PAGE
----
The Roles and Responsibilities of Town Planners

Town planners help private planning companies, communities, developers, municipalities, city managers and others decide on the best way to use available land and buildings in developing towns and growing cities. They develop plans for the current and future use of land, growth, and renewal with a keen focus on sustainability and the environment. Planners need to ensure that they monitor relevant legislation so that all existing and new projects comply with rules and regulations.

Town planners do not construct buildings. However, they do recommend where and how buildings should be built, how they fit into the local ambience of an area and what they should be used for. They may also be called upon to make recommendations regarding fund allocation for programmes and projects or regarding zoning regulations to address health and socio-economic challenges.

Town Planners Are Wearers of Many Hats and Bearers of Many Names

Also known as urban designers, spatial planners, land use planners, urban developers and others, town planners must wear many hats, often at the same time. Not only do they have to effectively accomplish the roles and responsibilities already mentioned, but they have a host of other hats to wear, which include:

  • Presenting to committees and meetings on planning proposals.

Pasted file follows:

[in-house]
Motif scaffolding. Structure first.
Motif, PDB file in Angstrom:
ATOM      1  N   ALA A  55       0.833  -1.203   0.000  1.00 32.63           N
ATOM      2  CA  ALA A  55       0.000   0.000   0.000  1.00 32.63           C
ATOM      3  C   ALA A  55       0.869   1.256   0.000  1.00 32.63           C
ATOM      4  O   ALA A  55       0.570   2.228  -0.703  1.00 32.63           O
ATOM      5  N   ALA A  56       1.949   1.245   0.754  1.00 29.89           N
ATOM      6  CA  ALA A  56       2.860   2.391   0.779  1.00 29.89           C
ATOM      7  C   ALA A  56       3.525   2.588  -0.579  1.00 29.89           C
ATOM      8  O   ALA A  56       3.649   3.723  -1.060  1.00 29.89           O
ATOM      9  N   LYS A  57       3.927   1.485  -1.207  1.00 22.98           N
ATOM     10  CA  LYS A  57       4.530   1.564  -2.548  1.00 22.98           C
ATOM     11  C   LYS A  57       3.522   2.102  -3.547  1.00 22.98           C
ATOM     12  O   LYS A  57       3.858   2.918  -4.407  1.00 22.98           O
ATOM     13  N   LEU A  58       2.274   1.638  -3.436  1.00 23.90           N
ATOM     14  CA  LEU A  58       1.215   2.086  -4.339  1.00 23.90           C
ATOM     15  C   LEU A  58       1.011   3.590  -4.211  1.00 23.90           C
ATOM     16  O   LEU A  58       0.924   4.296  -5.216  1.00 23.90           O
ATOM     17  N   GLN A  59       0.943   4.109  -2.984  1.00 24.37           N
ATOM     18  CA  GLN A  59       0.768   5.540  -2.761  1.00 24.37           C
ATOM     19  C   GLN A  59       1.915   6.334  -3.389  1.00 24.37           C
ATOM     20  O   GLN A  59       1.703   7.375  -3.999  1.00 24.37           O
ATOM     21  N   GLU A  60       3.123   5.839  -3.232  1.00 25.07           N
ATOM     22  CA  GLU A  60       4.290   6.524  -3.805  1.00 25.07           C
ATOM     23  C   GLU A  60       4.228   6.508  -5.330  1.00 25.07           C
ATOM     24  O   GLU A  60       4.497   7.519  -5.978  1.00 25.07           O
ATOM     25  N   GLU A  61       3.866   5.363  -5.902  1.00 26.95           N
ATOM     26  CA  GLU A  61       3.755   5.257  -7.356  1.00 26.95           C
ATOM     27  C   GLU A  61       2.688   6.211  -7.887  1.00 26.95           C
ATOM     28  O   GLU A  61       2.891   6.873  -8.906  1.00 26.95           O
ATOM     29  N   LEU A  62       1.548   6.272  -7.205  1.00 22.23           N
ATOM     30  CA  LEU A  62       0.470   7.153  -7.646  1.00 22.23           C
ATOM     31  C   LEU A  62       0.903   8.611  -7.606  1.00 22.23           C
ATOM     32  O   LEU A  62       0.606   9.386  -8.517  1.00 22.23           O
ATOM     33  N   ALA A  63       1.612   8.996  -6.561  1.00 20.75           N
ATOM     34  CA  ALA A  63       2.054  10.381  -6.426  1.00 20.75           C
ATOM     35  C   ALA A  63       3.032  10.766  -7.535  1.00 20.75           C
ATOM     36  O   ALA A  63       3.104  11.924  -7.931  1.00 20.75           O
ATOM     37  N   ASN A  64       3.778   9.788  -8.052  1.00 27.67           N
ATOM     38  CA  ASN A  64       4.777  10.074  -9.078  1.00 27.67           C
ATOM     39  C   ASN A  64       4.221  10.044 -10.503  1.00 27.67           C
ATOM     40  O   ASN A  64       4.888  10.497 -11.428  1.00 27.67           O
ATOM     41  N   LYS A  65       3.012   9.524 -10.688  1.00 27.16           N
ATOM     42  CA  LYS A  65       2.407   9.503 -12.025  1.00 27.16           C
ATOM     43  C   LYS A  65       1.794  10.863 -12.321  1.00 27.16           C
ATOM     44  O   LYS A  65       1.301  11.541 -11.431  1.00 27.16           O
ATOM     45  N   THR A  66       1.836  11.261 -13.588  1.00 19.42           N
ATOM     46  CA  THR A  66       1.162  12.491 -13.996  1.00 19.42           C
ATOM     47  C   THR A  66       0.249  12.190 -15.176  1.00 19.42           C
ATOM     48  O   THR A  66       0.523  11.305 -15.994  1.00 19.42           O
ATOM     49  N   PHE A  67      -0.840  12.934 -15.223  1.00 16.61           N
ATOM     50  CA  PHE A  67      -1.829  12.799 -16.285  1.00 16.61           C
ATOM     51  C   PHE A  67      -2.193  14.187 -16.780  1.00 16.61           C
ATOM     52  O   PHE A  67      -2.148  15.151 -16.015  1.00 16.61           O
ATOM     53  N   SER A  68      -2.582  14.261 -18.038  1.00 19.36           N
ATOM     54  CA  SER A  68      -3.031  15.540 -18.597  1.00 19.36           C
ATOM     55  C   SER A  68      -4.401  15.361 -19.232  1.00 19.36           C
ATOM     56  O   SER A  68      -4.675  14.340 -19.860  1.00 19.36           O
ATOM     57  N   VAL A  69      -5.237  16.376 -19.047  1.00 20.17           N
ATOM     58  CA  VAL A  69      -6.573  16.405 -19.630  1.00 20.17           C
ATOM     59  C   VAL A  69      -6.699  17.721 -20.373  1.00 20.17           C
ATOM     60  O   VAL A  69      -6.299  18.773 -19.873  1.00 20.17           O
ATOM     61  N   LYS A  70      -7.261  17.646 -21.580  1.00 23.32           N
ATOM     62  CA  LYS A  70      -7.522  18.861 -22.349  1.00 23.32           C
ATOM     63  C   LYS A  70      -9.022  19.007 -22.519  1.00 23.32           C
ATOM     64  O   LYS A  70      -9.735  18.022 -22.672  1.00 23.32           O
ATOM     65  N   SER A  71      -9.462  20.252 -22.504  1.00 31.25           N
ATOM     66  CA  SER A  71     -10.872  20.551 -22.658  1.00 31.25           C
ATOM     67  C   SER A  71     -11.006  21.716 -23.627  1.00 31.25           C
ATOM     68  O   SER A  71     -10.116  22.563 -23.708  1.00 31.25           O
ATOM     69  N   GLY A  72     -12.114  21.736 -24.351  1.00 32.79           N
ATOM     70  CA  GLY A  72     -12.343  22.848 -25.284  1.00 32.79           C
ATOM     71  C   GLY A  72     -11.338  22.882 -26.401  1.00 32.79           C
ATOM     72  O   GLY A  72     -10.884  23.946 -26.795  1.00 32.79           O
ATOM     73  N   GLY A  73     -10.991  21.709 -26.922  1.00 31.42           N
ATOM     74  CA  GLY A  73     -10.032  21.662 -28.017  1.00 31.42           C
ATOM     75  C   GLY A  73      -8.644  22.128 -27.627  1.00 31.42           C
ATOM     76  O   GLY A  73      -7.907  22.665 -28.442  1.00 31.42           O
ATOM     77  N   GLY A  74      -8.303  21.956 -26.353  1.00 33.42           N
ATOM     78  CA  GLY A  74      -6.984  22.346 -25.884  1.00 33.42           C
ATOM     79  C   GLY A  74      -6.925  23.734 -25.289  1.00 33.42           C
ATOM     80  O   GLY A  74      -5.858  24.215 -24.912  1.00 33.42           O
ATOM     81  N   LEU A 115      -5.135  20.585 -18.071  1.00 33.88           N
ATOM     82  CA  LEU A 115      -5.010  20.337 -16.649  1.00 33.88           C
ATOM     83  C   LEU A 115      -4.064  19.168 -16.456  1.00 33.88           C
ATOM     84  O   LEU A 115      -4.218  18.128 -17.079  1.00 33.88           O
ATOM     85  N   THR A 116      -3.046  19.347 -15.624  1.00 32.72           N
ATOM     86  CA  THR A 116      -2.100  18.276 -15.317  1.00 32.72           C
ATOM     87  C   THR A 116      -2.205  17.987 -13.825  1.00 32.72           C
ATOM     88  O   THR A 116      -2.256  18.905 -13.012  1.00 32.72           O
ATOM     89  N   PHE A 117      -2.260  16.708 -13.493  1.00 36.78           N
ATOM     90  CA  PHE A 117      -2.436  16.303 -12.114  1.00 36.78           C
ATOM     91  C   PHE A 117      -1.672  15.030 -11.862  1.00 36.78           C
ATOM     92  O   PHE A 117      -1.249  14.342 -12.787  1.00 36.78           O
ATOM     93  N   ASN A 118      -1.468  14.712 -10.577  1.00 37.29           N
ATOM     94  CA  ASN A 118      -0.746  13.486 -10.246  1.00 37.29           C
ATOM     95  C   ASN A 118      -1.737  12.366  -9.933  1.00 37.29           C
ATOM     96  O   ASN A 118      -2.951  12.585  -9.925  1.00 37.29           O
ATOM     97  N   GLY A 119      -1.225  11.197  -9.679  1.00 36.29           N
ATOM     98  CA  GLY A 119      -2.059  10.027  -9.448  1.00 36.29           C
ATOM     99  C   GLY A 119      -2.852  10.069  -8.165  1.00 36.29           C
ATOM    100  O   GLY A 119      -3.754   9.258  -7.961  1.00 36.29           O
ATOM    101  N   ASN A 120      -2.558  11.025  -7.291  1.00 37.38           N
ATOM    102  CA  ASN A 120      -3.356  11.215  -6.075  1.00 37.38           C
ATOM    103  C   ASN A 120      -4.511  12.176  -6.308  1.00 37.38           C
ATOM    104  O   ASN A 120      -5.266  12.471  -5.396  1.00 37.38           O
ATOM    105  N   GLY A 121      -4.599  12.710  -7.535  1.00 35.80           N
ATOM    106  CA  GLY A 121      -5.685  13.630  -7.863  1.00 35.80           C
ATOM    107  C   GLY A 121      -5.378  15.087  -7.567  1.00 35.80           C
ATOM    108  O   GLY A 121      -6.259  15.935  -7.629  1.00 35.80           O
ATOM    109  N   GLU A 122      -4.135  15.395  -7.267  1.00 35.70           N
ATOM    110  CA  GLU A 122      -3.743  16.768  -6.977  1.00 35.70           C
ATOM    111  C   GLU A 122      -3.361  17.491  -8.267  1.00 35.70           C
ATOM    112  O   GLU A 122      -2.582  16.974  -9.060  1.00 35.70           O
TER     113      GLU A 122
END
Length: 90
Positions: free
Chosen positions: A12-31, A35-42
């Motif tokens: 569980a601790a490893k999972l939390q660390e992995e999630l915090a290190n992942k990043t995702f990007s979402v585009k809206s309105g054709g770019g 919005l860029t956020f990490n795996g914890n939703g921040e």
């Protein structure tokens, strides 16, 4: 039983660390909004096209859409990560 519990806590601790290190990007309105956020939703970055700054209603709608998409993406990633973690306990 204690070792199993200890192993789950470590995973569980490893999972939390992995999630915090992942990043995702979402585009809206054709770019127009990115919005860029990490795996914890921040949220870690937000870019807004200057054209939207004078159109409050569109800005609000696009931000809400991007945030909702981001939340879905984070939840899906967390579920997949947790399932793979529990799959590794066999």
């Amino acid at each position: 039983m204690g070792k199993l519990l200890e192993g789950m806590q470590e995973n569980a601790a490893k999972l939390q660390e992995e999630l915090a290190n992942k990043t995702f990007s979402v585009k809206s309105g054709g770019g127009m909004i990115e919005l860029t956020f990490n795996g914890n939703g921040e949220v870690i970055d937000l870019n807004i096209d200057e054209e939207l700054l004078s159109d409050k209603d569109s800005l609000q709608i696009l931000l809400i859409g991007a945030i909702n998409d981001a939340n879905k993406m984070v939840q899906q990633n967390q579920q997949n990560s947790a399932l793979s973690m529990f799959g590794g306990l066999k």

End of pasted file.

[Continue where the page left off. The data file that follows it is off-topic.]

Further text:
• Recommending conditional approval, approval or denial of plans or proposals.
  • Protecting areas, zones and buildings that are of architectural, historical or environmental importance.
  • Preparing and assessing applications for land use and plans for new buildings.
  • Earmarking suitable land for appropriate development and ensuring its availability.
  • Determining the effects of regulatory constraints on projects.
  • Conducting feasibility studies of proposals and identifying any necessary changes.
  • Managing and leading different projects simultaneously.
  • Ensuring that communities have access to their places of employment, homes and public facilities such as hospitals, municipal offices, law enforcement and schools, for example.
  • Most importantly, communicating with communities, holding public meetings and providing local government, lawyers, developers, the public and other interested parties with advice to develop community and land use plans.

Who Else Do Urban Developers Consult With?

Planners work in conjunction with local and national government departments, politicians, local communities and community leaders, and town committees and city managers. This includes communicating with residents, both young and old, families, schools, shops, and local businesses. They also need to consult with professionals in the construction industry such as architects, consulting engineers and builders.

These roles and responsibilities form part of a much greater scope of work that town planners call a normal day at the office. If you or your local community need assistance with any of the above functions or would like to know more about additional services, consider consulting with award-winning leaders in the industry, The Practice Group. It’s just another day at the office.